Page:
Euthanasia and Whether Dying Is or Isn’t a Right Essays

March 31, 1976 was the day the New Jersey Supreme Court gave the parents of Kathleen Quinland, a young comatose woman, permission to take her off of life support systems. This is the day which is believed to be the birth of the modern right-to-die movement. Euthanasia, commonly known as mercy killing, is a way to end the agony of those who are suffering from terminal illnesses and should be legalized instead of having to be preformed in secrecy.

The medical and ethical concerns focus on the health care delivery system as it impacts end-of-life decisions. There are three categories that this can be broken into. They are the quality of life, how decisions at the end of life are made, and the physician’s changing role in end-of-life actions (Roberts, 22).

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The quality of life is constantly being redefined. The courts now support an individualistic approach to euthanasia, rather than imposing a society-wide prescription to what they feel constitutes the quality of one’s life. Since the quality of life can only be determined by the individual, directives allow individuals, or should they become incompetent, their families to express their preferences (Roberts, 23).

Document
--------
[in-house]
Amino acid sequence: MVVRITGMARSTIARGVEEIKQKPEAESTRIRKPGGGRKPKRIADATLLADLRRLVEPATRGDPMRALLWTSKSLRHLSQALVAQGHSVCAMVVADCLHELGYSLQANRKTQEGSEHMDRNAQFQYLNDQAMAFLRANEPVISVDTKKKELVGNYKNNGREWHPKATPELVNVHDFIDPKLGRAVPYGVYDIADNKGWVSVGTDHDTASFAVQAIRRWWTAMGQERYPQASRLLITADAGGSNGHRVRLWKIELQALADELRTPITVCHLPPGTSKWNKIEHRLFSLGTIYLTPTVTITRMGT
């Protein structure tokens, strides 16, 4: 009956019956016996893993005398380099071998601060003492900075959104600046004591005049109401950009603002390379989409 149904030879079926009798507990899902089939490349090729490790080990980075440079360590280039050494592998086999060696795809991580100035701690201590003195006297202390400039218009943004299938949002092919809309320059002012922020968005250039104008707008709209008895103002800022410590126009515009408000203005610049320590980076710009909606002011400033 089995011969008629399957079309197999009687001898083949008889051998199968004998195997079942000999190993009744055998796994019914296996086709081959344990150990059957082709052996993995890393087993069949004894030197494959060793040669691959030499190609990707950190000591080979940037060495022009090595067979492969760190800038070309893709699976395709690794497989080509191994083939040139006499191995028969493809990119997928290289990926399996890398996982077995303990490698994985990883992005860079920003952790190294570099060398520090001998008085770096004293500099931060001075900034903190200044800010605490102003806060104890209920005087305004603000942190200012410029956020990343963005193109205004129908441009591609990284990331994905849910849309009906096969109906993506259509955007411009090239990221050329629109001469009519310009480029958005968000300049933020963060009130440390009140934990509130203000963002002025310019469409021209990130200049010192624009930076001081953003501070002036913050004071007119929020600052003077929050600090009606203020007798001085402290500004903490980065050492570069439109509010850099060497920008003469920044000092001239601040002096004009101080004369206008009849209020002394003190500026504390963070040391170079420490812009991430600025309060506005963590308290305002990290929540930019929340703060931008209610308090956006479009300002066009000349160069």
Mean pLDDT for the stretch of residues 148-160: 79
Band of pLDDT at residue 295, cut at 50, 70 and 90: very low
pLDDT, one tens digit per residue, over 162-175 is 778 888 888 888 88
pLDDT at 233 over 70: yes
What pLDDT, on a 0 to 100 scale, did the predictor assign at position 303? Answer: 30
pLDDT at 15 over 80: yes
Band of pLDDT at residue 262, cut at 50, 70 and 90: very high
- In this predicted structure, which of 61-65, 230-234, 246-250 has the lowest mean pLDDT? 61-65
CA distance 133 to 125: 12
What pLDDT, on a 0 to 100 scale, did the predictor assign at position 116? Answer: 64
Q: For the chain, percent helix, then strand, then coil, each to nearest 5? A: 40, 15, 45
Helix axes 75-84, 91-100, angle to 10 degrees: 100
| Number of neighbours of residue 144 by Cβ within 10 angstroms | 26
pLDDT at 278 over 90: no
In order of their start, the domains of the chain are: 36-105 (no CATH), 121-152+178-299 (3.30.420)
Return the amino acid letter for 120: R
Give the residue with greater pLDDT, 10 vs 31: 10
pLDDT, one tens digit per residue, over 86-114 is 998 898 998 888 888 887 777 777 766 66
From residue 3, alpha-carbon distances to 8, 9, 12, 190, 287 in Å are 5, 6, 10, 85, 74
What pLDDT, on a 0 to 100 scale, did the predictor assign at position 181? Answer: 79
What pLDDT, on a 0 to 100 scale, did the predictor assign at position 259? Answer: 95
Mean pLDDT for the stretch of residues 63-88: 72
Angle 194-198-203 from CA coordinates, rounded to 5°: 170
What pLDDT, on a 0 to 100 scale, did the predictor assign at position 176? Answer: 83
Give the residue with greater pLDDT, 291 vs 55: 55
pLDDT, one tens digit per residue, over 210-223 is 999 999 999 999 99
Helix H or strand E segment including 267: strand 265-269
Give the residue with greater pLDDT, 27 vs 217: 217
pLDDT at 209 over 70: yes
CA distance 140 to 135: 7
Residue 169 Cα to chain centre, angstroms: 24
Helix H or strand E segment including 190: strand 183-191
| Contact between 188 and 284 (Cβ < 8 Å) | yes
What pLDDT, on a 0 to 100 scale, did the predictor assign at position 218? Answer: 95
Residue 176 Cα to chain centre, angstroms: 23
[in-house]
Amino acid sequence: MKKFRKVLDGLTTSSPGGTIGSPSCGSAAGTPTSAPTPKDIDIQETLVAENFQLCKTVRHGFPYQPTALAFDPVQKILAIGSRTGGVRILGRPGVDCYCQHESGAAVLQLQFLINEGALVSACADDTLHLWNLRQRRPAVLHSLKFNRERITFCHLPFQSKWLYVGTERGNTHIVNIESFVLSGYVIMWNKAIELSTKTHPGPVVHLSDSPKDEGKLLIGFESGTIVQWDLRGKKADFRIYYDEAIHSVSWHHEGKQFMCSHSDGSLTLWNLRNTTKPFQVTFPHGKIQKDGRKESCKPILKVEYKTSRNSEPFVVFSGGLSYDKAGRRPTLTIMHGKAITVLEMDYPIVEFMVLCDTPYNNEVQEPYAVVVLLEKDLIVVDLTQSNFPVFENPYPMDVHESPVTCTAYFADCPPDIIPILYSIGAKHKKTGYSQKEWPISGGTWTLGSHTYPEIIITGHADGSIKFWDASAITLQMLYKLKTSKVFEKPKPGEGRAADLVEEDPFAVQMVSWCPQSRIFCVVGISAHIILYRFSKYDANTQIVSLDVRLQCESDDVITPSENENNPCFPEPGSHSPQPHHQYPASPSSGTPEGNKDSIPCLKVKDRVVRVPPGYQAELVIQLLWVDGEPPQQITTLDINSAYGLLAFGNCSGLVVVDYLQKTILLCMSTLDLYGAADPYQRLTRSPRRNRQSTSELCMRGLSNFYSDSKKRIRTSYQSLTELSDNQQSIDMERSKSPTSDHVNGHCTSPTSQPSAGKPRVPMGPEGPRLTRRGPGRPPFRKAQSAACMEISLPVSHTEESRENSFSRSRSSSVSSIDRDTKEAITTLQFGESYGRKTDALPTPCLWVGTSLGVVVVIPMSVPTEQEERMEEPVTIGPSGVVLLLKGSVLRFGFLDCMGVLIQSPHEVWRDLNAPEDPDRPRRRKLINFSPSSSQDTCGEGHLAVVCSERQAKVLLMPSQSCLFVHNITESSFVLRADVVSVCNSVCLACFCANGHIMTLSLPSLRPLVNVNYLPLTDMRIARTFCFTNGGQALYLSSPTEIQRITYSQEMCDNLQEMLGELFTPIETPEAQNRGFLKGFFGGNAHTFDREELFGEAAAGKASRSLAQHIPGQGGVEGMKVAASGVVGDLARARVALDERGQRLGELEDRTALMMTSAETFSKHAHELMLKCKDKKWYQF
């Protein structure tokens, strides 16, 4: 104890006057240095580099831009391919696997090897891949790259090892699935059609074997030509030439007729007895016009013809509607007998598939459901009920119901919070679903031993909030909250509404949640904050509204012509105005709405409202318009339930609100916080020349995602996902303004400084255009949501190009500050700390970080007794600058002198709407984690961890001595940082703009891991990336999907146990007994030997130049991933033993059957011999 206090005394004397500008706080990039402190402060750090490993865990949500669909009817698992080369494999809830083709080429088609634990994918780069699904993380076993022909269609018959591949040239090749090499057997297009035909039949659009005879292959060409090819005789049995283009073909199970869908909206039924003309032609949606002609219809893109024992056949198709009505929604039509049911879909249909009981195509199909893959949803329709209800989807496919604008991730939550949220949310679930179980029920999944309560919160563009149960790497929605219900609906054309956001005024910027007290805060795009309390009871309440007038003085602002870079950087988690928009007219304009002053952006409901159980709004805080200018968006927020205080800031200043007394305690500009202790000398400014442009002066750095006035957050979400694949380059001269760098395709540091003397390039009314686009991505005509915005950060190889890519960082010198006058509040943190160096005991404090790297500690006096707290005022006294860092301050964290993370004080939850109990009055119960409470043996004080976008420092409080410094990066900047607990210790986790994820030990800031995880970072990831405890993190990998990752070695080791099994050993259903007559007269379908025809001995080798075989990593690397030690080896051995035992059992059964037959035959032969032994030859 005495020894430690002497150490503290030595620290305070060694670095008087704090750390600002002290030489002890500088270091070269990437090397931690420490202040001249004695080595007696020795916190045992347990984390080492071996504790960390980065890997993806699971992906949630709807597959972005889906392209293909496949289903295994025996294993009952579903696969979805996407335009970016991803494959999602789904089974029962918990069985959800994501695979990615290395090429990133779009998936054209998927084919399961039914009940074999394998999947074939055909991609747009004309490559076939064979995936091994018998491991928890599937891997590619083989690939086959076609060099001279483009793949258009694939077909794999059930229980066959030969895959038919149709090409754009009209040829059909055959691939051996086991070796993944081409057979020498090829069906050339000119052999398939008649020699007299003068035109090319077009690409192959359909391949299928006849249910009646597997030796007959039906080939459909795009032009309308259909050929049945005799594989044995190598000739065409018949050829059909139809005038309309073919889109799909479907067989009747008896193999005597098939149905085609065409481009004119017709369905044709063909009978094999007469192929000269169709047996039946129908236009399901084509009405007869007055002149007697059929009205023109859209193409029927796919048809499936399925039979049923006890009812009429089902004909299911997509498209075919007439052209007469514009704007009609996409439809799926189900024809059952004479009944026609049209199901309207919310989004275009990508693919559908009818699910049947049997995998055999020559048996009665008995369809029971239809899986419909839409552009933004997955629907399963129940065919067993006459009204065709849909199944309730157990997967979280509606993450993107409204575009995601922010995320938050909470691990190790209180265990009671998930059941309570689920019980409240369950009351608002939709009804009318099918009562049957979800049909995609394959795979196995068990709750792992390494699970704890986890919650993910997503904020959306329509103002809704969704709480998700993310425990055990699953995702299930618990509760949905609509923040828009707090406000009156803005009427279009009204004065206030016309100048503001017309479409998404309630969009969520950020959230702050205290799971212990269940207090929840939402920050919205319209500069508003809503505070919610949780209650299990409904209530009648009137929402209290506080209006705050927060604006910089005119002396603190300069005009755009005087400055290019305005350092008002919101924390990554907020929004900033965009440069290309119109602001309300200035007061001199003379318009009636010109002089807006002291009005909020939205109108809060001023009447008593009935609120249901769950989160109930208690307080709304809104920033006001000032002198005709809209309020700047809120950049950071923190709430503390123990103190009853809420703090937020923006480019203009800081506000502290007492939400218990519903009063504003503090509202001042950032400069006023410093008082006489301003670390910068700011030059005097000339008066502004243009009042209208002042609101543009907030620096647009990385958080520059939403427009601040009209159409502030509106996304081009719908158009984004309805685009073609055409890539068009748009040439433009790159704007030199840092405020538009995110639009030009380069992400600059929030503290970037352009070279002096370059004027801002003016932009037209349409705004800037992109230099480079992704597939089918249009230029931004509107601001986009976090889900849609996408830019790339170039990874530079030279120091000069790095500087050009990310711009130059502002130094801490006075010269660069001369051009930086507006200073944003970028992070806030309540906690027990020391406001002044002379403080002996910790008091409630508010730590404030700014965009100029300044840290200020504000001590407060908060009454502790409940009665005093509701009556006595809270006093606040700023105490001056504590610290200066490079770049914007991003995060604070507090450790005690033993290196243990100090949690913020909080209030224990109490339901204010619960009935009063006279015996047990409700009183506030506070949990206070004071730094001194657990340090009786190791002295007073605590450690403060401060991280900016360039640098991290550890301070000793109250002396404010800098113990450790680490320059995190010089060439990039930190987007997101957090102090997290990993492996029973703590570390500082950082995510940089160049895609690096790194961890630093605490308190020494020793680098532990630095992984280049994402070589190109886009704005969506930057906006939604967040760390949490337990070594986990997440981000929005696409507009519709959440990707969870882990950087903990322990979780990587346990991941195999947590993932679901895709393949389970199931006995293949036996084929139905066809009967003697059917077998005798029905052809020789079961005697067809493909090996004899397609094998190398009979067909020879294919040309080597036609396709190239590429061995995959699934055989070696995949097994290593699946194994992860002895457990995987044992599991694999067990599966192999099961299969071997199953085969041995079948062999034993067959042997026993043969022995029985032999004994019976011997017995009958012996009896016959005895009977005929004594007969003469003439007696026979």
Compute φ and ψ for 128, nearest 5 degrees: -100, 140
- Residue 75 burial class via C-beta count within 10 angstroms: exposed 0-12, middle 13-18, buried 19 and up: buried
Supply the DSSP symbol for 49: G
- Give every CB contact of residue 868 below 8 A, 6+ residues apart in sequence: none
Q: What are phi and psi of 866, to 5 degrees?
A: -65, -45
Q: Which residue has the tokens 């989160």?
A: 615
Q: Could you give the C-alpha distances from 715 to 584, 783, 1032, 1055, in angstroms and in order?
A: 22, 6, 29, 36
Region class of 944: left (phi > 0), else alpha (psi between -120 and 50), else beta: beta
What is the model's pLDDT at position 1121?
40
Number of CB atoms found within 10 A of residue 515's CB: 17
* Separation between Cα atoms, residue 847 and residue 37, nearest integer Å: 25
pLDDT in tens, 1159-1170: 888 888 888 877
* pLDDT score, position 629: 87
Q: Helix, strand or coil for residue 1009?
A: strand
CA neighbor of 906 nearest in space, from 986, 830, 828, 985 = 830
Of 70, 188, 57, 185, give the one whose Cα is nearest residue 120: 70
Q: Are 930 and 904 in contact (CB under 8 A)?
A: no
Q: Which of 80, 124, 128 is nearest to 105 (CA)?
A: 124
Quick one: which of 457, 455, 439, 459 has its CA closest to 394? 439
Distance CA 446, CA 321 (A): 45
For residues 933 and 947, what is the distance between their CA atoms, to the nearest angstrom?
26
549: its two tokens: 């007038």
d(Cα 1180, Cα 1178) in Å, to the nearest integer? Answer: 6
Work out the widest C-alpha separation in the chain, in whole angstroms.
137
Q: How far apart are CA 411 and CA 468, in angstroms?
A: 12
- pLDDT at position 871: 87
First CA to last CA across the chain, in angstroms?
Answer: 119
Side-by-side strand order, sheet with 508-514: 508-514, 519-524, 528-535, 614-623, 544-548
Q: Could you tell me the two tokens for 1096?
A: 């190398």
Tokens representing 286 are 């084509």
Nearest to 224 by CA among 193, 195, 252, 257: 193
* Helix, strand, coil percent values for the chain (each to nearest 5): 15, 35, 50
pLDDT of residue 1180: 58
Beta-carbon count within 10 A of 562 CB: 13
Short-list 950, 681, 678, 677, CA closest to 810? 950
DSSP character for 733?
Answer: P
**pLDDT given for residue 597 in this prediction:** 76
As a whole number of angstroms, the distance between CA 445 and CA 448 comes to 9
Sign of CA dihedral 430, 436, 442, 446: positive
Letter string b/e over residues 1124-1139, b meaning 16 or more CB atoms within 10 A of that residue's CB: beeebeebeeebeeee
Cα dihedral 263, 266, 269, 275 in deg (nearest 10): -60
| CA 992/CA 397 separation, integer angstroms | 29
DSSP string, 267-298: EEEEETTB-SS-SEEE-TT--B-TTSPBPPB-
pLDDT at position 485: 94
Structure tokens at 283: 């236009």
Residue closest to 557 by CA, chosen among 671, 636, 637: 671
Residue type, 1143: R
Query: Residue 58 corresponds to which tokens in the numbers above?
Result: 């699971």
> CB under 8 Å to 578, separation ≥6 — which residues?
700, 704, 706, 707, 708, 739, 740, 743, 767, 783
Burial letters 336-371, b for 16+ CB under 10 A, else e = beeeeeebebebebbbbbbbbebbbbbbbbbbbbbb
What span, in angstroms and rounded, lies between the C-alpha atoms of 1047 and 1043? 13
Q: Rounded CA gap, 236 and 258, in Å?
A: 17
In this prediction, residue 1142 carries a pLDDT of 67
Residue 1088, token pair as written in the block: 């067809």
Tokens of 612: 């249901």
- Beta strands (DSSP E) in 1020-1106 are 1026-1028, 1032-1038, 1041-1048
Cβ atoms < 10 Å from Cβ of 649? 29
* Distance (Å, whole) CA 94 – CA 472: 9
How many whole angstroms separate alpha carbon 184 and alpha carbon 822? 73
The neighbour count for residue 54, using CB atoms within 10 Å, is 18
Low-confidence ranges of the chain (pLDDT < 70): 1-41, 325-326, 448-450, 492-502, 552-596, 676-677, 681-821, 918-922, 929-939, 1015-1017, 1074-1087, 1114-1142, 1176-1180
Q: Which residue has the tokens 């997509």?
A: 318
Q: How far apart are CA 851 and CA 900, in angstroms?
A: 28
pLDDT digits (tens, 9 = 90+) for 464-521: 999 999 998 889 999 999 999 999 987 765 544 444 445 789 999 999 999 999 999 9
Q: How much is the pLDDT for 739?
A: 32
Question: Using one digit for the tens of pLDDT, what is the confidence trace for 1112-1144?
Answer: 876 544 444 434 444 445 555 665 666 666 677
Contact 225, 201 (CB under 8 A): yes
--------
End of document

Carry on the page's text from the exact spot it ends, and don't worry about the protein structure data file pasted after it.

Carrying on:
Because only the individual or their families can decide what that particular persons quality is they should have the right to choose if euthanasia is an option. For those who suffer from terminal illnesses, euthanasia would be a way to escape from intolerable pain that cannot be alleviated by pain relieving drugs (Minois, 131).

However those who oppose euthanasia believe that if a person has a terminal illness that person should not be assisted in death and should have as much aid in staying alive as possible. They believe that as long as the brain is …

… would also give people a chance to say goodbye to their loved ones. Terminally ill persons, if they wish to choose euthanasia, would be able to stop the pain that medications cannot alleviate. And it would also give a person a little piece of mind.


Works Cited

Battin, Margaret P., Rosamond Rhodes, and Anita Silvers, eds. Physician Assisted Suicide: Expanding the Debate. New York: Routledge, 1998.

Larue, Gerald A. Playing God: 50 Religions Views on Your Right to Die. Wakefield, Rhode Island: Moyer Bell, 1996.

Minois, Georges. History of Suicide: Voluntary Death in Western Culture. Baltimore and London, Johns Hopkins UP, 1999.

Roberts, Carolyn and Martha Gorman. Euthanasia. Santa Barbara, California: ABC-CLIO, 1996.

Woodman, Sue. Last Rights: The Struggle over the Right to Die. New York and London:Plenum Trade, 1998.


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